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My bad on the war crimes accusation. I did read it wrong.

From what I have heard, the incident at Sejekovac was a gun battle that left between 24-27 Serbs dead. If it was a massacre of civilians then I can only hope the perps were brought to justice and I will not make any excuses for the conduct of the HV units involved.

What I don't understand is how this somehow justifies or explains why the Serbs would then sweep through the Eastern regions and surround Sarajevo. How is attacking Musilms a response to a Croat attack? Again, it was this kind of "response" to enemy attacks that cost the Serbs the PR war (I wouldn't say the Serbs lost the whole war - they lost Krajina and Western Bosnia and ended up winning in the north and east, minus Gorazde).

51 posted on 07/18/2005 2:05:46 PM PDT by johnnyBbad
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To: johnnyBbad
Sarajevo was divided into Serb sections and Muslims sections. Serbs lived in parts of Sarajevo such as Grabovica and Ilidza. The line of confrontation ran through the middle of the city practically - not far from the Holiday Inn.

The Muslims were launching attacks on the Serb parts - including shelling Ilidza from Mount Igman:

Testimony from WITNESS: RICHARD MOLE [Lieutenant-Colonel Richard Mole]

Q. Thank you. Are you aware of an attack which took place -- are you aware of the attacks coming from Mount Igman on the 4th and 8th of December, 1992?

A. I would not be specific about the 4th and 8th of December, 1992, because it was a frequent occurrence that the weapons on Mount Igman were used in the conflict, and I recall specifically that they were used and fired upon the area of Ilidza.

Q. Thank you for your answer, Witness.

When you say, "Ilidza," are you referring to a civilian area?

A. Of course. The whole battle area was occupied by civilians, hence, it is a city called Sarajevo.

Q. Thank you very much. So are you telling us that Muslim forces had opened fire on an area in Sarajevo?

A. On Ilidza, yes.

Q. That is a part of Sarajevo, on an area in Sarajevo?

A. It is a suburb of Sarajevo.

53 posted on 07/18/2005 2:15:13 PM PDT by joan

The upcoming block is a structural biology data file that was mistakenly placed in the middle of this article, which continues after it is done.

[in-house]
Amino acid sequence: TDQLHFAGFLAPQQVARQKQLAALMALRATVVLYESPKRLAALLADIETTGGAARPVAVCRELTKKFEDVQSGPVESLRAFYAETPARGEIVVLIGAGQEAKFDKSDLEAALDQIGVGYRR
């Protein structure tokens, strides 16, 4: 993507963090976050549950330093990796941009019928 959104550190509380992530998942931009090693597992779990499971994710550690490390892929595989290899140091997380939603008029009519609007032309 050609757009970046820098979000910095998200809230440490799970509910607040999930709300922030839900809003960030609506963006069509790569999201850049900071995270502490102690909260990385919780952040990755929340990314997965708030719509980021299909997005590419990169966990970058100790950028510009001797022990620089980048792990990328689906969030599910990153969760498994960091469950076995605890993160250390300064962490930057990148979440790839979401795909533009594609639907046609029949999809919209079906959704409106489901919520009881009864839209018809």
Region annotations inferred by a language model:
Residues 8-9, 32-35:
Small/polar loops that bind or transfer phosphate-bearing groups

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To: johnnyBbad
Extracts from the testimony of James Philipe Cutler. The Bosnian side would often be the first to start launching attacks of the day:


“Yes. I am Mr. but ex -- retired Lieutenant-Colonel James Philipe Cutler…Yes, I am retired from the New Zealand Army and I was an officer in the Royal New Zealand Regiment for 32 years…Yes, I arrived from New Zealand on the 29th of November and was posted -- I flew into Sarajevo as a senior military observer on the 21st of December, 1992, and officially took over from Lieutenant-Colonel Richard Mole on the day after Christmas, [Realtime transcript read in error " "] the 26th of December, 1992.

Q. Colonel Cutler, during the course of your tenure in Sarajevo, do you -- or did you receive any information that the army of Bosnia-Herzegovina was using the hospital grounds to launch mortars?

A. Yes, there had been a lot of rumours floating around that, in fact, mortars were being used or various United Nations installations, the locations of the Egyptian and Ukrainian battalion, and in particular, the Kosevo hospital had been used to screen firing of mortars by the Presidency forces.

On the -- I was obviously delighted that on the second week in January, I think it was on the 12th of January, a colonel sergeant from the British Cheshire regiment, who had been in charge of mortars, asked to see me. He had been asking who he could give a statement to. I welcomed him into my office and I took a statement from him that involved him witnessing the fire of a mortar, an 82-millimetre mortar, from adjacent to the Kosevo hospital. I think it was early afternoon. The Colonel sergeant had been escorting a convoy of fuel to that hospital. He and his crew observed this mortar firing five rounds from the hospital, adjacent to the hospital grounds, as part of the hospital grounds.… On leaving the hospital grounds, which would have been in the order of 30 minutes later, the hospital came under mortar, artillery, and anti-aircraft fire…

In the February-March period, that was – seemed to be particularly evident to the stage where we would get up in the morning, 6.00, no activity whatsoever and then we would hear a couple of "pop pops" which were obviously outgoing mortar fire from the Bosnian, and within a short few minutes later, there would be incoming fire, and normally the incoming fire would be more than two rounds. If two rounds were fired out, it would be something in the order of 10 to 15 rounds would be incoming…

So you would hear outgoing fire from the Presidency side, the Bosnian side, followed by incoming?

A. Correct.

54 posted on 07/18/2005 2:31:49 PM PDT by joan
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